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Appendix A Table 2.1: Countries with Aid and Terrorist Attacks
*Combined with Montenegro in 2005
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Appendix A continued Table 2.2: Non-Recipient Countries with Terrorist Attacks
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Appendix B Table 2.3: List of Countries with Aid but no Terrorist Attacks
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KNOWLEDGE IS POWER?: EXAMINING THE CROSSROADS OF NUCLEAR SUPPORT Ryan McDonald
Abstract The risks and roles of nuclear energy in America have often sparked heated debates through the decades. This paper seeks to highlight the nature of the public’s opinions through time, and determine if there is a correlation between a person’s opinion about nuclear energy production, and their exposure to information about nuclear energy facts and risks. It examines a number of variables inevitably connected to these opinions, emphasizing the psychoanalytic nature of people’s perspectives on the issue. It concludes that while information and opinion may be related, there is not a clear, causal relationship between them, nor is the relationship necessarily strong. Alternatively, emotions seem to be the primary driver behind public opinion. The paper then proffers to submit plausible policy approaches in response to the public’s perceptions. ___________________________________
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Introduction In 1982, a criminal laced isolated packs of the Tylenol with cyanide, causing the deaths of seven unsuspecting Chicago residents. As a result, Tylenol’s producer Johnson and Johnson suffered more than a billion dollars in loss from hyperbolic public dread (Slovic & Weber, 2002). These seven deaths generated more than 125,000 stories in print media alone, and sparked a nationwide fear of Tylenol’s contents. Many people have a similar extreme fear of nuclear energy, informed by confused and unscientific discussions of radiation and cancer and isolated incidents of meltdowns and radiation leaks (Friedman, 2011). Additionally, many members of the American public dissent to nuclear energy because they equivocate nuclear weapons with nuclear energy . People tend to exaggerate groundlessly the risks of things we fear. There was certainly a risk of consuming a cyanide-laced Tylenol capsule, just as there is a risk that something will go wrong with a nuclear reactor. However, the respective risks did not necessarily justify the frenzied responses. This paper examines the relationship between information about and approval of nuclear power, asking the following question: Is there a relationship between the information about nuclear energy to which people are exposed and their support or rejection of nuclear energy production? The hypothesis is that people are more likely to support nuclear energy as they are exposed to more information about the process and its risks, examining numerous intervening variables. The ultimate goal is to identify and sort the variables involved, analyze the policy implications of these variables, and guide future researchers toward this subject.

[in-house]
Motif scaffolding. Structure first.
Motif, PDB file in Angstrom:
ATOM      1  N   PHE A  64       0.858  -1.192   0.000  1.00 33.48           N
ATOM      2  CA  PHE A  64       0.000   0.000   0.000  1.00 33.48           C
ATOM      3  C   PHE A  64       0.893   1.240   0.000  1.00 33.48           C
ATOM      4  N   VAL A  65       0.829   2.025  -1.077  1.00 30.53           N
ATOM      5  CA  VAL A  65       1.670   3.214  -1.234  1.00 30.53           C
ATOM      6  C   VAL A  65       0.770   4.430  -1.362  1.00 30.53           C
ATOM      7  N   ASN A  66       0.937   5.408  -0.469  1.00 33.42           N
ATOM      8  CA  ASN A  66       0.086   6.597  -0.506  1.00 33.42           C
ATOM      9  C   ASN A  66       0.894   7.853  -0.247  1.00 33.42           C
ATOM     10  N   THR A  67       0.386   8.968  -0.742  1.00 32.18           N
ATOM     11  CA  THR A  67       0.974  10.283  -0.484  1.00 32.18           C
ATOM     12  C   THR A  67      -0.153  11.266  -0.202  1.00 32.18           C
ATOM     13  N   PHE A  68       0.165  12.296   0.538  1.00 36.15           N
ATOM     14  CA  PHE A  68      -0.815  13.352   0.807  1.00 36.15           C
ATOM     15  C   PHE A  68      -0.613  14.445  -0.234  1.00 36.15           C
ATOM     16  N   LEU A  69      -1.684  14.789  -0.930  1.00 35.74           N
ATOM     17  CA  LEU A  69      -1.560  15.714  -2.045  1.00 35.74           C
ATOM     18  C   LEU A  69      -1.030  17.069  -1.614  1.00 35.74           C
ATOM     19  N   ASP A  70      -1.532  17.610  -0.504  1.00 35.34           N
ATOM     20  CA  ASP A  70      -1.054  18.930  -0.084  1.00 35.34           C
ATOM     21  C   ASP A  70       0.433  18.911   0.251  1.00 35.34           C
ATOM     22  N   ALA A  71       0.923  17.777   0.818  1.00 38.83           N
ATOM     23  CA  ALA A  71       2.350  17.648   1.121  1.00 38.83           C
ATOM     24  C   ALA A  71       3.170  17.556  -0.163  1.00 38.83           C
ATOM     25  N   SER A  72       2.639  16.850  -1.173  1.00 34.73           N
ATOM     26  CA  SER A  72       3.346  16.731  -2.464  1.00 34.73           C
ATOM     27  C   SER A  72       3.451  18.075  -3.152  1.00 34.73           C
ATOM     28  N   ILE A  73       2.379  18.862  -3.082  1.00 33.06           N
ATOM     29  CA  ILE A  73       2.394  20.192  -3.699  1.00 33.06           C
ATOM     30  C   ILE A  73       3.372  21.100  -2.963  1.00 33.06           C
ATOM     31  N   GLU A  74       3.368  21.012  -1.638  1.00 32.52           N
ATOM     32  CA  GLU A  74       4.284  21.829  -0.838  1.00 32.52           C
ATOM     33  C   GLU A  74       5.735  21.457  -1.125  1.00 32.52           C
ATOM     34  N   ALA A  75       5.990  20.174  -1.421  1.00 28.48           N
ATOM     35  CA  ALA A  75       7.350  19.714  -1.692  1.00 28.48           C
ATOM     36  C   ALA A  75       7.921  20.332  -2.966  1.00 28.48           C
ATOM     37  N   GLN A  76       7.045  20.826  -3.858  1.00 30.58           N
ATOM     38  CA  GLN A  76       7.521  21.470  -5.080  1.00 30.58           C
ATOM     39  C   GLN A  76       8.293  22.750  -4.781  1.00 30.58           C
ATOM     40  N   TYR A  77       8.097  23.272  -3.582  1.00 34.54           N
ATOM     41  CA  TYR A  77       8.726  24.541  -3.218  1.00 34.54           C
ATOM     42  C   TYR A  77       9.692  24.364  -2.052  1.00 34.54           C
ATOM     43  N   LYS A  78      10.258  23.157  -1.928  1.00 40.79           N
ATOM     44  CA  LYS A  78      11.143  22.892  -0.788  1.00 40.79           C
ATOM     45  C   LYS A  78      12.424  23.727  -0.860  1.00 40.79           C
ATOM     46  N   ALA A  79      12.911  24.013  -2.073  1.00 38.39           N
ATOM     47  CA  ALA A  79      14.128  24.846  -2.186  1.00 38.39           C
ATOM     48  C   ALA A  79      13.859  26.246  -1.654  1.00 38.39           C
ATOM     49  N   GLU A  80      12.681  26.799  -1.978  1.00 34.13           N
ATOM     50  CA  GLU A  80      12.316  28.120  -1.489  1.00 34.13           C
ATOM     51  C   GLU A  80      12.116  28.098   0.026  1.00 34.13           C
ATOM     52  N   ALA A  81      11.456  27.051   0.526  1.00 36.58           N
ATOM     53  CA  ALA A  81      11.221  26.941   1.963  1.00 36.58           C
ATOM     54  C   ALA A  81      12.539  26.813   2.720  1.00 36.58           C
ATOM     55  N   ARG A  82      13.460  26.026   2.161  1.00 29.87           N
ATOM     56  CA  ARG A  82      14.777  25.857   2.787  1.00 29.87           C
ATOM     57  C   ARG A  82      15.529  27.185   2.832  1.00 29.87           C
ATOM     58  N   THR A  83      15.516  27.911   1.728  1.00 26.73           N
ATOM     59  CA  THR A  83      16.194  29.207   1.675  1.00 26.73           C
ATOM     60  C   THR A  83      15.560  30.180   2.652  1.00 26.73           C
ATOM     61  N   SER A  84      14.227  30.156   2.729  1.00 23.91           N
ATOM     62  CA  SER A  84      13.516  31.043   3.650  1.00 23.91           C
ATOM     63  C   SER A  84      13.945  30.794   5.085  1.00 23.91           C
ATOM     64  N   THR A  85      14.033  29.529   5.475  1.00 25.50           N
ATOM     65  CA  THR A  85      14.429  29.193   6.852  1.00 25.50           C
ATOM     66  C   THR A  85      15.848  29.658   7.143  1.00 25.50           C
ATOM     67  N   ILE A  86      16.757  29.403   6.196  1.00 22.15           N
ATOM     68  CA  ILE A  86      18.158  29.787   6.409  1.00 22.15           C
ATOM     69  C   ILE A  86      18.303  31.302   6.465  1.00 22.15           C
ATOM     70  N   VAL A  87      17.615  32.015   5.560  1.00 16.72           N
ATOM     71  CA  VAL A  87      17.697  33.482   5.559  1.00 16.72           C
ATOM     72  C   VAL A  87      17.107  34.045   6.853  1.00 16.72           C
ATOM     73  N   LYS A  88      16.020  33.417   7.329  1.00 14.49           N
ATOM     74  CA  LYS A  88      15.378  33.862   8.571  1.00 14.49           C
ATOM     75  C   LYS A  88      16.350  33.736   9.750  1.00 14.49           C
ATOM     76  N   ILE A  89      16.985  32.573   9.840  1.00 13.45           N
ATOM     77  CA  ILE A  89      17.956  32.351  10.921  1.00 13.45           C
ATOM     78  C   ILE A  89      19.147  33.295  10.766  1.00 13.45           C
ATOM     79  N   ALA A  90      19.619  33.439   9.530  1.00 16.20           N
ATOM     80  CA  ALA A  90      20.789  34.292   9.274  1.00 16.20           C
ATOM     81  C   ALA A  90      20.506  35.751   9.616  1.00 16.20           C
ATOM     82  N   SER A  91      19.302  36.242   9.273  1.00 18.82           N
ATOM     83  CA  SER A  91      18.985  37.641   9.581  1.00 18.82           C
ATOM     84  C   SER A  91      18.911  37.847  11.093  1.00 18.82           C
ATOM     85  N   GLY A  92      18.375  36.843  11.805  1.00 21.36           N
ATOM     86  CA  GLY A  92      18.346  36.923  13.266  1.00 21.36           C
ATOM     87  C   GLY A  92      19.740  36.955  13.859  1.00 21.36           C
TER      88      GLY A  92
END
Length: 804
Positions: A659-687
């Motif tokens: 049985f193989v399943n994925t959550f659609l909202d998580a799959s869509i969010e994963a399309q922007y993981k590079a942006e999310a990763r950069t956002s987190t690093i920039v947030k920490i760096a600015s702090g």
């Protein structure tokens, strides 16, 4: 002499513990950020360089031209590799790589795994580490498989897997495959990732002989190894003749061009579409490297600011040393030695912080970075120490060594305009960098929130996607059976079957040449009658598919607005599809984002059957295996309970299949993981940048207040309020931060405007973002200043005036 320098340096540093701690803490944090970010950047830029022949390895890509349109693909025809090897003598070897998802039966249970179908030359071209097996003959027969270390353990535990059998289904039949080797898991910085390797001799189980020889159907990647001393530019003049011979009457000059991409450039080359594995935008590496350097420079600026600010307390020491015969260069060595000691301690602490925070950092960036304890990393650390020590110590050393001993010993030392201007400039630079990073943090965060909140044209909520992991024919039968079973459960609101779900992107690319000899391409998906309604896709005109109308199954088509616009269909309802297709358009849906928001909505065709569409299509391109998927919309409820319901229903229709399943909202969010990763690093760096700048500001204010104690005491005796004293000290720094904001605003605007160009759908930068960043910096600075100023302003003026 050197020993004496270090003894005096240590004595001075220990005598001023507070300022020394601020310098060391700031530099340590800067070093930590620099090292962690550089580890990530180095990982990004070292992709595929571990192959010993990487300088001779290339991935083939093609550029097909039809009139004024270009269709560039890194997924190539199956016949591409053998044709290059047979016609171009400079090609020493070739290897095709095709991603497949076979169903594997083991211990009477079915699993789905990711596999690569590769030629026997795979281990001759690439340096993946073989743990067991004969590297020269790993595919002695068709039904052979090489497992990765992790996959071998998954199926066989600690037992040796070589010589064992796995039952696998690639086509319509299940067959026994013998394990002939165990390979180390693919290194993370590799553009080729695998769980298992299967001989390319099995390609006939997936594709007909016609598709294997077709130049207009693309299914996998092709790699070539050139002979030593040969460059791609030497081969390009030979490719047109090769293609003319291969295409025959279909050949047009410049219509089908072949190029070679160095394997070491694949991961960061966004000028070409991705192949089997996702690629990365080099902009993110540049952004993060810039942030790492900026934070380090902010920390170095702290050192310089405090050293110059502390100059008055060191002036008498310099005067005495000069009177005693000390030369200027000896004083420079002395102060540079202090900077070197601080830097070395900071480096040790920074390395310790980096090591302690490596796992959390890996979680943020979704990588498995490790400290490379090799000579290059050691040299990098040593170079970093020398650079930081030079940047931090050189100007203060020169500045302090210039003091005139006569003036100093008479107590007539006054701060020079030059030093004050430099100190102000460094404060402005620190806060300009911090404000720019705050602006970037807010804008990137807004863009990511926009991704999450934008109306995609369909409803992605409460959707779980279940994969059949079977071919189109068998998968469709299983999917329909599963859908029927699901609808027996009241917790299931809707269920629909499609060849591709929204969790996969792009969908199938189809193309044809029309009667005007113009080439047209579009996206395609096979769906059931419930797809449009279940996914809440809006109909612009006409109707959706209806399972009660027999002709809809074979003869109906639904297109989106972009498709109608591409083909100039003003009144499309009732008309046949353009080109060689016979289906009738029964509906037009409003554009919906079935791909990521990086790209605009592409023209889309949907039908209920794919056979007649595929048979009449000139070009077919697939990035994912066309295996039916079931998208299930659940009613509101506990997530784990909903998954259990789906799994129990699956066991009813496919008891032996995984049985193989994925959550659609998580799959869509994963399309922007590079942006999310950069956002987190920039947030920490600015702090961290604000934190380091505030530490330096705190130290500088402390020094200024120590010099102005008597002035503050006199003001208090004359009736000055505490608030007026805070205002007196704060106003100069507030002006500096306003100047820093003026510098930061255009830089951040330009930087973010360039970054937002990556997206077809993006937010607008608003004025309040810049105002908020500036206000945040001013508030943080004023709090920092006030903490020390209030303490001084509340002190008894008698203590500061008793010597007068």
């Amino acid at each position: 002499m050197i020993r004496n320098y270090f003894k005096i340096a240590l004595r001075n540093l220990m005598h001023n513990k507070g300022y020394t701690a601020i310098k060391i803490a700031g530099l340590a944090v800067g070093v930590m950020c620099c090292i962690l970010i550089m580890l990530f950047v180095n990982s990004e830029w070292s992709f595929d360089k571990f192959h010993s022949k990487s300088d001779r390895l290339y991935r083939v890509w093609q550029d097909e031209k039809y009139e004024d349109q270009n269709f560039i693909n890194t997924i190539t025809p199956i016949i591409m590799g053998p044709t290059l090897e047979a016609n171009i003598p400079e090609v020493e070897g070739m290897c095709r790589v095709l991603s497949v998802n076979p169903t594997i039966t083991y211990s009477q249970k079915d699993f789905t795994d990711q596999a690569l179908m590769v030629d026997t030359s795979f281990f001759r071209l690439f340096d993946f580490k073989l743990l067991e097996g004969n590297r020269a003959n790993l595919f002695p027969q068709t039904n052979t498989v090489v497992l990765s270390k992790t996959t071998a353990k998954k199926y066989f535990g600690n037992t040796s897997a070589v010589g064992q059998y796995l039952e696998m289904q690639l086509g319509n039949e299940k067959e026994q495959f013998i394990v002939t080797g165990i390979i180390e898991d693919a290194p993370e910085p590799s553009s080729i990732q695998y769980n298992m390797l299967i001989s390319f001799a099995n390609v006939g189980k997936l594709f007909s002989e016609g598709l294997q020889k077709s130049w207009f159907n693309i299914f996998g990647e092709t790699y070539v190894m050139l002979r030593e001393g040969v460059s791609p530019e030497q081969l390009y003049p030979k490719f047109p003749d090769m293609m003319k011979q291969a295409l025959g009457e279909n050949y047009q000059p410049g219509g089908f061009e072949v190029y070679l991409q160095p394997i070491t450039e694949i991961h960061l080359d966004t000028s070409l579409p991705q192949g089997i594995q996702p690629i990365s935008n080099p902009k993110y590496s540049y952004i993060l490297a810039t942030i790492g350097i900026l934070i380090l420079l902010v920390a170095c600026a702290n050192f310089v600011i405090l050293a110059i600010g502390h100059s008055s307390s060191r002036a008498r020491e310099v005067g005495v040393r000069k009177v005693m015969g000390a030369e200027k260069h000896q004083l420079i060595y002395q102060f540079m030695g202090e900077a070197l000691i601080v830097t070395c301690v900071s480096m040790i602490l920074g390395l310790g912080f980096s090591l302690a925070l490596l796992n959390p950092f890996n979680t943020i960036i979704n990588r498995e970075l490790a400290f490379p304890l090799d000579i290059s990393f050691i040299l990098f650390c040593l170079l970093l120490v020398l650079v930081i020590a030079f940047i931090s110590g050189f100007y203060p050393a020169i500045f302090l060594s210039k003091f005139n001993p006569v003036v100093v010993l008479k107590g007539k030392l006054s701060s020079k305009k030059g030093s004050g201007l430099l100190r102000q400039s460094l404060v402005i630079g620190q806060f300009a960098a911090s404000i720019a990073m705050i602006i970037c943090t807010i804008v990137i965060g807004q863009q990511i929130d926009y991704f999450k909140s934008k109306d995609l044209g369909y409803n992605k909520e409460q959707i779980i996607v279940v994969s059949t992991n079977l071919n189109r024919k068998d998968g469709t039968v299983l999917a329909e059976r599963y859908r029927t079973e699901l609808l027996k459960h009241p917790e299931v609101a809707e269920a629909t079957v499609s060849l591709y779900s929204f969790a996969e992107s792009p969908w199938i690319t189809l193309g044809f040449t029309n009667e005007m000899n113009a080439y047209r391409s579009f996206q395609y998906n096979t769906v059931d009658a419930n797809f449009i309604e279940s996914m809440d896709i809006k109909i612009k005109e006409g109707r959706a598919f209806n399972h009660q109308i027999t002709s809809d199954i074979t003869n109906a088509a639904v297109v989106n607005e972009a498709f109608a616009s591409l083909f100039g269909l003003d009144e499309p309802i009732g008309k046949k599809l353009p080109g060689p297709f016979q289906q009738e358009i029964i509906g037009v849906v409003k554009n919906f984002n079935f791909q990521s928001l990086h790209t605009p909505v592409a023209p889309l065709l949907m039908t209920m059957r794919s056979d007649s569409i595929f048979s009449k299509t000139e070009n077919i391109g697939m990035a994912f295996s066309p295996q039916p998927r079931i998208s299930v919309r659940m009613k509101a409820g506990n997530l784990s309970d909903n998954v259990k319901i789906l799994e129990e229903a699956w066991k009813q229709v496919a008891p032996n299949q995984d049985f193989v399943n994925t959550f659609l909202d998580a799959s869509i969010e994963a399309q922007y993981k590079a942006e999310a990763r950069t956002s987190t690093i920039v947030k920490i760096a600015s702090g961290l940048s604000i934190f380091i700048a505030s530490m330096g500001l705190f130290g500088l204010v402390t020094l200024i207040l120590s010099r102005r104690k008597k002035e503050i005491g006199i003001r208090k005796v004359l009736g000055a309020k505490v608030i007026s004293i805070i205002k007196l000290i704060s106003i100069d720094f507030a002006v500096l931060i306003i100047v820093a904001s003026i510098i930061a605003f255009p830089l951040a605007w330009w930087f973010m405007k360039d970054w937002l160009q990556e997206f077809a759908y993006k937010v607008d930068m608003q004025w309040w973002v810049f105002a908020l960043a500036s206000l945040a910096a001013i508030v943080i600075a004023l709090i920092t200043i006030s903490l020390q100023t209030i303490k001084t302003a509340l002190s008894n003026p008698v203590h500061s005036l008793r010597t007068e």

Literature Review Researchers have looked a great deal into people’s perception of nuclear energy, concluding a wide variety of opinions on the subject. The nuclear community adopts the assumption that people who know more about the nuclear energy process tend to favor it more (Kasperson, Berk, Pijawka, Sharaf & Wood, 1980). The nuclear community responds to public opposition by disseminating more pamphlets or fact sheets in hopes of dispelling fears and anxieties held over from the Cold War era. This perspective assumes that nuclear support or opposition is primarily cognitive in nature, and that making information accessible will sway the public to favor the production of nuclear energy. Gender is also a potential variable in the nuclear opinion paradigm. Kasperson et al (1980) noted that women consistently opposed nuclear energy more than men, and coincidentally, were also less informed with regard to nuclear power. Matt McGrath (2011) also cited a study of 2,050 adults polled by the British Sci-